• Risk 'perception gap' plays into hands of rogues
    AS the July 1 deadline for the first stage in the enforcement of the International Safety Management Code approaches fast, the pertinent question is no longer what percentage of the eligible world fleet will have achieved certification on time.
  • Tobermory mulls over loss of CalMac link
    TOBERMORY, capital town and maritime centre of the Island of Mull, is suffering its greatest blast since a Spanish galleon blew up in the sheltered bay 401 years ago.

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Daily Commercial Newsweb site
APRIL 27, 1998
  • Melbourne tops cost table again
    MELBOURNE remains one of the highest cost ports for ship based charges according to the latest survey of international port costs by Liner Shipping Services Ltd.
    The chief executive officer of Liner Shipping Services Ltd, Llew Russell, said calls at 34 ports were included in this survey, which included all ship based charges, both statutory and non-statutory but, importantly, excluded costs involving cargo such as stevedoring and wharfage on full containers.
    Mr Russell said that there was an average of 24 calls at each of the ports listed over the last six months of 1997, and the ship-based charges covered in the survey included navigation services charges/tonnage dues, berth hire, light dues, pilotage, towage, mooring/unmooring charges and line handling, utilities and wharfage on empty containers which are for the account of the shipowner.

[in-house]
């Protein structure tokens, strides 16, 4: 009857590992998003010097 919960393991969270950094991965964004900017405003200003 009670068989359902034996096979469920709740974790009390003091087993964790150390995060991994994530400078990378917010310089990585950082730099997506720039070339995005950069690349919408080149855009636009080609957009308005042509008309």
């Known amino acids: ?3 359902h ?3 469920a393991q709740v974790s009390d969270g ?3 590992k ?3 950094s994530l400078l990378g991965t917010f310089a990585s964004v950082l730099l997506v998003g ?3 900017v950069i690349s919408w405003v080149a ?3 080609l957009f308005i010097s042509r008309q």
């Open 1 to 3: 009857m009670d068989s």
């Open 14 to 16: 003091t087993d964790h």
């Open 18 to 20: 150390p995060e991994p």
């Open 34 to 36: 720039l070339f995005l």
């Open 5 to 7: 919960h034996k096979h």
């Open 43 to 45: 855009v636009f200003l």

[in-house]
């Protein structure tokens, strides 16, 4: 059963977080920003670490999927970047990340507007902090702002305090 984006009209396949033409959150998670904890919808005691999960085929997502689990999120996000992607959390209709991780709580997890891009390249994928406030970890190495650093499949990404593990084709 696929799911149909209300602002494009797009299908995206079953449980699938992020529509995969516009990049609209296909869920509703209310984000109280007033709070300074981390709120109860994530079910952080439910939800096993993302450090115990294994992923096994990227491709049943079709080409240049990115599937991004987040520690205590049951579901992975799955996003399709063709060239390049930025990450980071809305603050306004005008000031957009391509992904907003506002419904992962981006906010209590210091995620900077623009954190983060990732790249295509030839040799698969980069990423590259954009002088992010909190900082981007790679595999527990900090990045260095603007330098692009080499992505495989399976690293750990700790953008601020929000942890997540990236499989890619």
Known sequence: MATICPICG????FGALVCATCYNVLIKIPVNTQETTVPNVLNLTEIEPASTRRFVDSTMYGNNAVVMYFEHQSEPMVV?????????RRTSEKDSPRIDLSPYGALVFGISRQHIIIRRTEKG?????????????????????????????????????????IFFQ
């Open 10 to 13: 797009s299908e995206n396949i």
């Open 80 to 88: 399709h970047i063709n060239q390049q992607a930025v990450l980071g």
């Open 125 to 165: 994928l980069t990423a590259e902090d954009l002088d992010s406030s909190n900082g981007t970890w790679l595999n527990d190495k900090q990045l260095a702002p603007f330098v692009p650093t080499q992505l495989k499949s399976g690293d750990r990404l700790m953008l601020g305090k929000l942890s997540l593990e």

• The government keeps pressure on unions
    THE federal government has referred the trans-Tasman accord to the Australian Competition and Consumer Commission (ACCC), while the full bench of the High Court will today consider the next stage of the Patrick dispute.
    The Minister for Workplace Relations, Peter Reith, announced on Friday that the accord between the maritime unions of Australia and New Zealand, which restricts the movement of cargo between the two countries to vessels manned by the nationals of Australia and New Zealand, has been referred to the ACCC.
    Mr Reith disclosed the move after discussions with the New Zealand Minister for Transport, Maurice Williamson, in Canberra.
  • Field leaves Blue Star
    The acting managing director of Blue Star Line (Aust) Pty Ltd, David Field, is to leave the company on Friday, 1 May.
    Mr Field announced late last week that he was leaving, folowing the acquisition of the company by P&O Nedlloyd, amid "totally amicable circumstances."
    "During the period of due diligence, the responsibility for the management of our Australian business remained with the Blue Star Australian management team," Mr Field said.
  • June debut for Triple A loops
    THE Torres Express loop of the Australia - Asia Alliance service will begin on 5 June with the sailing of the Pacific International Lines (PIL) vessel Kota Pertama from Port Klang.
    The first scheduled sailing on the Bight Express, the second loop of this service, will begin four days later, on 9 June, when the Malaysia Internaitonal Shipping Corporation (MISC) Bunga Teratai Dua sails from the same port.
    Details of the new service were released in Sydney last week at the signing of a document putting the "Triple A" consortium into place.
  • New members for conferences
    LINER Shipping Services Ltd has confirmed several new conference members as well as one resignation.
    The chief executive officer of Liner Shipping Services Ltd, Llew Russell, told DCN on Friday that Compagnie Generale Maritime (CGM) and Marfret will become full members of the Australia/New Zealand to Europe Liner Association shortly.
    The membership will then take effect within 30 days, expected to be at the end of May.